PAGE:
A photo of Keegan Donley

I plan to use this for more interactive posts in the future, but it's already being leveraged in a few places, like that OG image preview from earlier.

CSS Modules

More importantly, why not tailwind?. I'm a big proponent of Tailwind and use it heavily for projects, especially for ones I need to stand up quickly. However, I knew that I wanted my website to have a unique, and complex design that I felt would require an unweildy number of tailwind classes. I also wanted to be able to keep my CSS skills sharp, and building this website was a great way to do that.

CSS modules, variables, and media queries come together to create a nice design system for my website, even without a CSS framework like Tailwind.

.inner {
  background: var(--theme-background);
  width: var(--main-width);
  max-width: var(--main-max-width);
  margin: 0 auto;
  margin-top: 5rem;
  margin-bottom: 2rem;
  position: relative;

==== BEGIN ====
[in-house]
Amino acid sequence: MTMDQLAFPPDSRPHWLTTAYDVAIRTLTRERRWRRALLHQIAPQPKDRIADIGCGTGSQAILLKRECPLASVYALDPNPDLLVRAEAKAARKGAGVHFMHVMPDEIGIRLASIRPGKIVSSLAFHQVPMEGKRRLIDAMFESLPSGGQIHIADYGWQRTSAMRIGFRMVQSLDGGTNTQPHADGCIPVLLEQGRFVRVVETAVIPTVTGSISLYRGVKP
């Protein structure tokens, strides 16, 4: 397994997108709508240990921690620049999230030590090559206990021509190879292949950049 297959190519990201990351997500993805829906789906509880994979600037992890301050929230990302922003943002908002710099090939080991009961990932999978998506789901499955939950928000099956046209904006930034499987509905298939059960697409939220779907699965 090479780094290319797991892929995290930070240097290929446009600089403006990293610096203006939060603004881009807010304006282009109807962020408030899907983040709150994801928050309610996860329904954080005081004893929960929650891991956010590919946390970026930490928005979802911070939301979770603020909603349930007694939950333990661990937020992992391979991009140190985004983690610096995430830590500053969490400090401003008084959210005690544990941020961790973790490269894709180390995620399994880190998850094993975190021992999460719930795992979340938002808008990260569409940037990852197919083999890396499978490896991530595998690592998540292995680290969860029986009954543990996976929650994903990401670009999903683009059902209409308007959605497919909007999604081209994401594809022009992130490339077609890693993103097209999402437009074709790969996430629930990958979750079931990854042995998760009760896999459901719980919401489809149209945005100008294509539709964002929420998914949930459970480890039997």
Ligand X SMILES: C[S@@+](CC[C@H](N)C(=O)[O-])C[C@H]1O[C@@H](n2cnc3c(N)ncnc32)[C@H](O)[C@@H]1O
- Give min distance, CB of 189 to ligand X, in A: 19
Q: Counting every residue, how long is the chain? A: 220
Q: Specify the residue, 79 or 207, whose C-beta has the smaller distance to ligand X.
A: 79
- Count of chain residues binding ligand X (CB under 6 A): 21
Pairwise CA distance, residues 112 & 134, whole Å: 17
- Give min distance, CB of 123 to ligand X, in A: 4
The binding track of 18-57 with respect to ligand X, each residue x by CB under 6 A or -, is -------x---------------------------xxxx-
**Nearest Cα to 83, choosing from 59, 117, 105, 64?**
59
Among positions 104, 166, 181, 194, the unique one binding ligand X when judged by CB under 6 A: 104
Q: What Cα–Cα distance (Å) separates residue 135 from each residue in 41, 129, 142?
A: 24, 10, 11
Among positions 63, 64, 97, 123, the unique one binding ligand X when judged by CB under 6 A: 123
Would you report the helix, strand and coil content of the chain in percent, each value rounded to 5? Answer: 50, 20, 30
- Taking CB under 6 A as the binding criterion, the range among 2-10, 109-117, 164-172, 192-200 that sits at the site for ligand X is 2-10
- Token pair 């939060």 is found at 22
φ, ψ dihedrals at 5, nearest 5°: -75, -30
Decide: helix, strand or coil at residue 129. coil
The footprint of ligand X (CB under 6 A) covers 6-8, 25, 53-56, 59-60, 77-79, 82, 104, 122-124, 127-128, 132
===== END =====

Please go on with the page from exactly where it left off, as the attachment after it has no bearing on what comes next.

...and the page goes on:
transform: translateY(100vh);
  transition: transform var(--animation);
  transition-delay: 10ms;
  border-radius: calc(var(--tiny-border-radius) * 2);
  overflow: hidden;

@media only screen and (max-width: 700px) {
  .inner {
    width: 100%;
    margin: 0;
    border-radius: 0;


I hope you enjoyed this dive into how my new website is built! There's a lot to unpack here, and a ton of new features I'd like to dive into more in future posts. I'm really excited about the new features and look, and I'm looking forward to what's to come. If you have any questions, feel free to reach out to me on Twitter or Bluesky!